Robert Landau

By Coleman, Mark | Honolulu Star - Advertiser, August 7, 2015 | Go to article overview

Robert Landau


Coleman, Mark, Honolulu Star - Advertiser


CRAIG T. KOJIMA / CKOJIMA@STARADVERTISER.COM

Robert Landau: Executive director, Hawaii Association of Independent Schools.

Robert Landau has spent most of his long career working for private schools outside of the U.S., and now he's applying his wealth of multicultural experience to his new job as executive director of the Hawaii Association of Independent Schools.

Its 100 or so members range, he said, from "the largest, kind of well-known schools in Hawaii," such as Kamehameha Schools and Punahou, "and then you have the small, faith-based schools, and Montessori schools, Waldorf schools. ... There's every shape and size."

Together the schools employ more than 3,100 teachers and serve more than 32,400 students -- almost 17 percent of all students in the state, including about 24 percent on Oahu.

Taking over from the previous, longtime executive director, Robert Witt, and on the job since mid-July, Landau previously was the deputy superintendent of Singapore American School in Singapore. He also has taught or been a leader at schools in Switzerland, the Czech Republic, Indonesia, China and Cambodia, where he also set up the Cambodia's Future Foundation, to help students there attend college.

"I understand independent schools extremely well because international schools are independent schools," Landau said.

Back in the U.S. briefly for 10 months in 1998-1999, Landau also was founding director of the first charter school in America to offer an international curriculum, in Monterey, Calif.

His own education includes graduating from University High School in Los Angeles, then earning both a bachelor's degree in liberal studies and his teaching credential from San Francisco State University and a master's degree in education from Endicott College in Beverly, Mass.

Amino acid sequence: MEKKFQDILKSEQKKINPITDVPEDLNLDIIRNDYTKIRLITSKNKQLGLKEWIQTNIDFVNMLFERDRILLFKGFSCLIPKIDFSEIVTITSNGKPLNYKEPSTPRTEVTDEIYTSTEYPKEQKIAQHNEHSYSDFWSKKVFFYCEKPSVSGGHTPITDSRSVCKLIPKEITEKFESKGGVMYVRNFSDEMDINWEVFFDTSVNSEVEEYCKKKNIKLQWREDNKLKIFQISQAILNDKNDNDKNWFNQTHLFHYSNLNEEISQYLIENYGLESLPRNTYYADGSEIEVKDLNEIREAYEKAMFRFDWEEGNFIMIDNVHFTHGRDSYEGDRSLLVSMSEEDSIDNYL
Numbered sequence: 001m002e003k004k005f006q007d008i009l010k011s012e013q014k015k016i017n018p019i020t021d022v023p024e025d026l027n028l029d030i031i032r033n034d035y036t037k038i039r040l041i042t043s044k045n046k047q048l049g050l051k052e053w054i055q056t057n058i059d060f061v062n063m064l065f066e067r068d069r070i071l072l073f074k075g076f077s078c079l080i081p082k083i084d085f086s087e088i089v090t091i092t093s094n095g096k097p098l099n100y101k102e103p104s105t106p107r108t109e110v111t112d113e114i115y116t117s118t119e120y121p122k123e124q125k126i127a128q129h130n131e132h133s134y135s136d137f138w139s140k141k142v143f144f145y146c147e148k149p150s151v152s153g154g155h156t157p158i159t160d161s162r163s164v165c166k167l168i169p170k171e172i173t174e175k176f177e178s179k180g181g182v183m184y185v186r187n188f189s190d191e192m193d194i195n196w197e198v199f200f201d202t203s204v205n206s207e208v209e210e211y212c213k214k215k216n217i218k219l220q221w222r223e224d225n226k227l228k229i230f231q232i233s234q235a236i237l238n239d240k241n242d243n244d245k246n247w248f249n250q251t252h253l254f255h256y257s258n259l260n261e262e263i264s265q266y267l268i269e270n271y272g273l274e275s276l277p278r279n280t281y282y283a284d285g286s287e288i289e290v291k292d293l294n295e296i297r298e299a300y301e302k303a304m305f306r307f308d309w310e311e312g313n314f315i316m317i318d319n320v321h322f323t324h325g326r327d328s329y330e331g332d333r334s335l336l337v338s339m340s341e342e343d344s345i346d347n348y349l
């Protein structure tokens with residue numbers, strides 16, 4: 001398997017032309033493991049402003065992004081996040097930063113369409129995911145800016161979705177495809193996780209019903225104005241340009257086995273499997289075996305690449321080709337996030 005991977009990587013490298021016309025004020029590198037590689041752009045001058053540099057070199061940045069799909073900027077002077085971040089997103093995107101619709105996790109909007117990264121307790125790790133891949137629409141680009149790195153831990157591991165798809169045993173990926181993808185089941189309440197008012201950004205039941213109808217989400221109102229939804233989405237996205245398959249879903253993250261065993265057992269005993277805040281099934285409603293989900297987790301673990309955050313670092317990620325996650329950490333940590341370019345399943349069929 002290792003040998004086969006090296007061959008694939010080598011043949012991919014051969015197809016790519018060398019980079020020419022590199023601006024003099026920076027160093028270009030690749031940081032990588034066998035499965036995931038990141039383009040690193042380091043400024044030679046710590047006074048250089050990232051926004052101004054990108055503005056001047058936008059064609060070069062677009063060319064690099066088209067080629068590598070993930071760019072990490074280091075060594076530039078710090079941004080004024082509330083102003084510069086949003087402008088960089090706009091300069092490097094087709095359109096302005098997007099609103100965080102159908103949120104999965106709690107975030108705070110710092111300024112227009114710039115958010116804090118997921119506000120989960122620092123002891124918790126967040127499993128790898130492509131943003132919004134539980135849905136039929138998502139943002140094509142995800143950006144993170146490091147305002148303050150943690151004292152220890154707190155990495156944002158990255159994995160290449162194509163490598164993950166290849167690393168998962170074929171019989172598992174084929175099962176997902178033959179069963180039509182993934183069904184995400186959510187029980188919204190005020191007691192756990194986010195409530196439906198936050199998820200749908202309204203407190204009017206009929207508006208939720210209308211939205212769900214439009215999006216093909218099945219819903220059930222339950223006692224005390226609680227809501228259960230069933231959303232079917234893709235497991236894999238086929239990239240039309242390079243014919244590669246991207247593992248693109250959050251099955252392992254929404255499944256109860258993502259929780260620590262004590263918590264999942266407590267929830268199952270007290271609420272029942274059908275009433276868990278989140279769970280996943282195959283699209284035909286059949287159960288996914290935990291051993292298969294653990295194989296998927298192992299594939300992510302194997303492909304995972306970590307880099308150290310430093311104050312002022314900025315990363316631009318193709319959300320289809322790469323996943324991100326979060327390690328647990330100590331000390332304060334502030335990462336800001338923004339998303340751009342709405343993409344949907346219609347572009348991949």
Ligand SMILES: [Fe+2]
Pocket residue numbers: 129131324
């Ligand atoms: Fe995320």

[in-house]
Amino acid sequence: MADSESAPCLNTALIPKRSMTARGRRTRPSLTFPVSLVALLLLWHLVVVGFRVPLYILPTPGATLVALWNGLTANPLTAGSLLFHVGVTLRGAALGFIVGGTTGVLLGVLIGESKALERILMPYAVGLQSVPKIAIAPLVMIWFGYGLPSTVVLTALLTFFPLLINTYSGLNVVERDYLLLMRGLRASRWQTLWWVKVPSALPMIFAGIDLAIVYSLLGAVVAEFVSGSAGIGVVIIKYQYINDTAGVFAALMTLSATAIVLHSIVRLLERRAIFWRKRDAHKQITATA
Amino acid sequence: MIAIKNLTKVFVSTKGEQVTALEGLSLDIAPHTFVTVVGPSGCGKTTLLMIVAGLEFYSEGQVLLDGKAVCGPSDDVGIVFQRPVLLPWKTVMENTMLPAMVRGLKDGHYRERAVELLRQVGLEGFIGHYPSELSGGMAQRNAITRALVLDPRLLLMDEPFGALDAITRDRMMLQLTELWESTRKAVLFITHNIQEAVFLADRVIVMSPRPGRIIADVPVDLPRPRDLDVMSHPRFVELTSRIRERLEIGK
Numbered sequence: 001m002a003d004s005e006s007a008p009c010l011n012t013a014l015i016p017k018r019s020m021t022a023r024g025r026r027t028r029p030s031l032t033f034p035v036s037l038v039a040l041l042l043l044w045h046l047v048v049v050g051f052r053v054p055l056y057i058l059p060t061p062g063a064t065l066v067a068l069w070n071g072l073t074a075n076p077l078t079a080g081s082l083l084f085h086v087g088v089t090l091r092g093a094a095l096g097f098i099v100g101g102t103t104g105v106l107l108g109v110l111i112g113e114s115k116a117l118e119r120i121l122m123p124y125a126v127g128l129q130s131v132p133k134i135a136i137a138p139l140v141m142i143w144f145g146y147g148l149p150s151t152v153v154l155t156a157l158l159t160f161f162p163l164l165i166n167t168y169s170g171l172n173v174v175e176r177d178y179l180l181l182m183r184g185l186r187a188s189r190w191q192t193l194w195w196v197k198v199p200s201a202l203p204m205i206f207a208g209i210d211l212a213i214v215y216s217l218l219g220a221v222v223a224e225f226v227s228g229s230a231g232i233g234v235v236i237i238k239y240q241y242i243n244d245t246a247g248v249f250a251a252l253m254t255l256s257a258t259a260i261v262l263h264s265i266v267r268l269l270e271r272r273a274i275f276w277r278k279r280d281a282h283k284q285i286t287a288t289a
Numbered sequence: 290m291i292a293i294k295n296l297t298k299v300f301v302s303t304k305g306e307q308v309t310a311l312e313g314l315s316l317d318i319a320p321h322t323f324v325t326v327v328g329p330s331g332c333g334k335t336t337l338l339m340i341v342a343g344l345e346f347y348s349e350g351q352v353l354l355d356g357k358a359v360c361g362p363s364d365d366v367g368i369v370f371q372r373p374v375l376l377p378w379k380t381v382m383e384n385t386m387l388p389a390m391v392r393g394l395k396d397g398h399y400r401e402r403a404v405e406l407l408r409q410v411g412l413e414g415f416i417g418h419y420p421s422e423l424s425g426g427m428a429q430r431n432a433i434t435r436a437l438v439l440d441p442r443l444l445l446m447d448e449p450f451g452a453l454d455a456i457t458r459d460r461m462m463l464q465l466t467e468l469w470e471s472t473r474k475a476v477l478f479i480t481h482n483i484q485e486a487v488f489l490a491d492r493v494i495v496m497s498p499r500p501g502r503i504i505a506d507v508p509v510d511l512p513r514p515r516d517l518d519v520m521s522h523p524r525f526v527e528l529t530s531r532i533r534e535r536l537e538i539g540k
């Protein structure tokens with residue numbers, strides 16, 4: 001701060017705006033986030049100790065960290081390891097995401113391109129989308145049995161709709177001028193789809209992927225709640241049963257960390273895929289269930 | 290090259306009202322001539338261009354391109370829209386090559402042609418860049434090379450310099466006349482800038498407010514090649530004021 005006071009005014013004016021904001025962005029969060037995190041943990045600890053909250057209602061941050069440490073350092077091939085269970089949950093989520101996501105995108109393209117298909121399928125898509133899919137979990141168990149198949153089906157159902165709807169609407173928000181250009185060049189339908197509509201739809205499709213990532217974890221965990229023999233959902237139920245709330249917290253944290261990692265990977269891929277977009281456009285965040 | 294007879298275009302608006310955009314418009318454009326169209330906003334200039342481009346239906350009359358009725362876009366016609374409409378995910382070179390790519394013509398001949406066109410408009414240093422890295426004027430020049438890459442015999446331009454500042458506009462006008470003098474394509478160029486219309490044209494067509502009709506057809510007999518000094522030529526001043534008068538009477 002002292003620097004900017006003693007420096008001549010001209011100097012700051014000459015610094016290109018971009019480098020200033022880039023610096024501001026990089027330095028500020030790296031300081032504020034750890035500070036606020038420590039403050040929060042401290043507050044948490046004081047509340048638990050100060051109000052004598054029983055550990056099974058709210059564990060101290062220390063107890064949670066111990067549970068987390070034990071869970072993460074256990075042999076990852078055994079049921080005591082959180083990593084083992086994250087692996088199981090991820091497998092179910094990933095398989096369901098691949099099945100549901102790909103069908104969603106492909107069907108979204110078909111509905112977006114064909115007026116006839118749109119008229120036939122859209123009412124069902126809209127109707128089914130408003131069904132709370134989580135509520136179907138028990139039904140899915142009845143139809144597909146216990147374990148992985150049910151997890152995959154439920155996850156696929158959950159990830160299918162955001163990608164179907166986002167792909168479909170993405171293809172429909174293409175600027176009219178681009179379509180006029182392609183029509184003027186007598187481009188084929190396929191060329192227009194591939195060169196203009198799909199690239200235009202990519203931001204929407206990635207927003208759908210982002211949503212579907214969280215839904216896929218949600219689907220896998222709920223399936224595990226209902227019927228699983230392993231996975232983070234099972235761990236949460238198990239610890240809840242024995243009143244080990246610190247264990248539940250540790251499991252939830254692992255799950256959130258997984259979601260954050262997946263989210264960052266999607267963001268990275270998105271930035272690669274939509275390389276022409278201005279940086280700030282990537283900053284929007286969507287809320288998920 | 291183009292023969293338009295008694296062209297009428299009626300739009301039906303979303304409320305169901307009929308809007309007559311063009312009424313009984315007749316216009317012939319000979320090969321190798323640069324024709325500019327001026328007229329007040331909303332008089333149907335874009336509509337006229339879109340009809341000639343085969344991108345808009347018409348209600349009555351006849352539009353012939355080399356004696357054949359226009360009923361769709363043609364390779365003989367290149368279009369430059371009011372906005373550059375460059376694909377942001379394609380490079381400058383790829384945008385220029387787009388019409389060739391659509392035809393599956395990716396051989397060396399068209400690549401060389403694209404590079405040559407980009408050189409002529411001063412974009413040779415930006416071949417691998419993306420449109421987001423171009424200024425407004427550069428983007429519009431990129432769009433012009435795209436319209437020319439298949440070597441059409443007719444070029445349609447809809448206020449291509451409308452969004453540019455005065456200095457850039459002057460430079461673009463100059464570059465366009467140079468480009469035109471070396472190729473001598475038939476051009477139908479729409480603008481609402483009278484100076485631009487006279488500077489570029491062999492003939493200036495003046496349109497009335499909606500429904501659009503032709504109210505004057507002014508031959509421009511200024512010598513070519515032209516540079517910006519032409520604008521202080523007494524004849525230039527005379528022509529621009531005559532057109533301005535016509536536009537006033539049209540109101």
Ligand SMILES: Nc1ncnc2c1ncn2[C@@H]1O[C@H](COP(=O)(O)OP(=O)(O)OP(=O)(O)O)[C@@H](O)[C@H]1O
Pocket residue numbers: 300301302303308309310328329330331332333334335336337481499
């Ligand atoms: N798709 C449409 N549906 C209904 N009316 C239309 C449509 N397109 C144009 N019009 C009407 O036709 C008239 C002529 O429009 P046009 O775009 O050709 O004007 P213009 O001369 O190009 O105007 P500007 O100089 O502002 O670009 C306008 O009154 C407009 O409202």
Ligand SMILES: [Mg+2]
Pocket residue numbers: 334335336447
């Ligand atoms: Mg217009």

He ended up spending decades outside America, he said, because, "When I got my teaching credential in California, it was at a time when there were very few teaching jobs. So I thought I'd go overseas for a year. ... And a year turned into about 40 years."

Now 63, Landau is married and has two adult sons with his wife Kate, a British citizen he met at a softball game in Switzerland, and with whom he'll be living in Kaneohe.

Question: You're new to the job; do you still need more time to acclimate?

Answer: You know, I've worked in three different associations as a board member, so ... actually, in a way, I've kind of hit the ground running. ... I'm going out to a school today to possibly help them with some of their work.

Q: How much have you been getting around to meet the folks, so to speak?

A: Well, first and foremost, one of the things I am going to do is I am going to personally visit all of our schools on all of the islands. I think symbolically it's important as I'm starting with the most remote and the smallest schools, because I want them to know they are equal partners in our association.

Secondly, I believe I'm coming here with international and global experience for a reason, and I honestly do see Hawaii as a great location between the mainland and particularly Asia, and we want to be able to provide services; those could be conferences, meetings, workshops, seminars, that take place here in Hawaii.

One of the things that we certainly are looking at is creating a student focus on the work that we do. What is very important to me are global issues that impact kids and their future. ... A lot of the students in Hawaiian schools do community service and do projects to, you know, help the environment or help social issues or health issues, but we would like to act as a kind of clearinghouse to network those projects and make them sustainable for the long term. And we want to start identifying student leaders in our schools who can help us plan in those efforts to network these projects, and then network around what kids are doing in mainland and international schools.

Q: How would you describe what it is you're expected to be achieving? …

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